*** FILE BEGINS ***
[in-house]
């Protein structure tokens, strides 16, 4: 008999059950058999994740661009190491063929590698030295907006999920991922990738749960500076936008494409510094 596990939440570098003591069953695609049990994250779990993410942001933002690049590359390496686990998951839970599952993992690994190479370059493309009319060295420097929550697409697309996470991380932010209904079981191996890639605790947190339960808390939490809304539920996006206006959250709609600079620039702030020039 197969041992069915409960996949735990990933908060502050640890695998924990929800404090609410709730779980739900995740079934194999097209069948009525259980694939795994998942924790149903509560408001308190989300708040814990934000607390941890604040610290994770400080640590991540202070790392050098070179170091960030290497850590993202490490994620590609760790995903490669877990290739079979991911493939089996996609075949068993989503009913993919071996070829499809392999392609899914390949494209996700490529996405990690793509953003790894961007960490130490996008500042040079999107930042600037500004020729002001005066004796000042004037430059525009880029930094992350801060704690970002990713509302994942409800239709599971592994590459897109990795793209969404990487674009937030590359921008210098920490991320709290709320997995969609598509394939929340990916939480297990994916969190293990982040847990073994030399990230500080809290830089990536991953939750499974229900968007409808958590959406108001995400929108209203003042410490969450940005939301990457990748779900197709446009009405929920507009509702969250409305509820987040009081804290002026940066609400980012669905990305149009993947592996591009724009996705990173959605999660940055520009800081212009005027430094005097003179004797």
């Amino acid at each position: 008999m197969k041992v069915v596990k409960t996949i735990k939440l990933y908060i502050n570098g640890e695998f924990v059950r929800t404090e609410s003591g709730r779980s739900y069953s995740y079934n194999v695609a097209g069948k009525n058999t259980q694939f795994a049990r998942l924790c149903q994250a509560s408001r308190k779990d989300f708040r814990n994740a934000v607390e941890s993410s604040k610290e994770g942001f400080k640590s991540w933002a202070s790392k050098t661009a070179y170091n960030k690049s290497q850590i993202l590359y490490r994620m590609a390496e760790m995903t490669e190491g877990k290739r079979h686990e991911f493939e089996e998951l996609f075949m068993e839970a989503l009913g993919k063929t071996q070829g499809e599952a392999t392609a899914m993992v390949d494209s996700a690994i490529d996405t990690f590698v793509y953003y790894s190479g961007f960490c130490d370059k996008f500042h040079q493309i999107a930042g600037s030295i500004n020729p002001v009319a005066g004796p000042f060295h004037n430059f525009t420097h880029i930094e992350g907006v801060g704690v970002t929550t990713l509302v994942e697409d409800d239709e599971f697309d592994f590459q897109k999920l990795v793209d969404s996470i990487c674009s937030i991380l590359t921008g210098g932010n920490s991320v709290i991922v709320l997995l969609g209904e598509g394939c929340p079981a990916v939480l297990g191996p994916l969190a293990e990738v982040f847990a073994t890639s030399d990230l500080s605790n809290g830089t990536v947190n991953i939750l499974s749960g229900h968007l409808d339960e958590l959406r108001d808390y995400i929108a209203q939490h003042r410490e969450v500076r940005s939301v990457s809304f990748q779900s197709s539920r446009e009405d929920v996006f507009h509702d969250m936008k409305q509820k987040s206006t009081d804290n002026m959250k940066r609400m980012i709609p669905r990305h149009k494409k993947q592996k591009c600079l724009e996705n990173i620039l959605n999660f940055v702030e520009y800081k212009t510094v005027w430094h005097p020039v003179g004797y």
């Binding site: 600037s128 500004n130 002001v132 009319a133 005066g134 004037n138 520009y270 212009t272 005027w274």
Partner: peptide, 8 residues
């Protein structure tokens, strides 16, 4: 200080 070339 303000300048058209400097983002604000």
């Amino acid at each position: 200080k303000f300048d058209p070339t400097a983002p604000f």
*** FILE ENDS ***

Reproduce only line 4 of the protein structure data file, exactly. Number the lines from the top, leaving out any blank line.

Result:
């Binding site: 600037s128 500004n130 002001v132 009319a133 005066g134 004037n138 520009y270 212009t272 005027w274």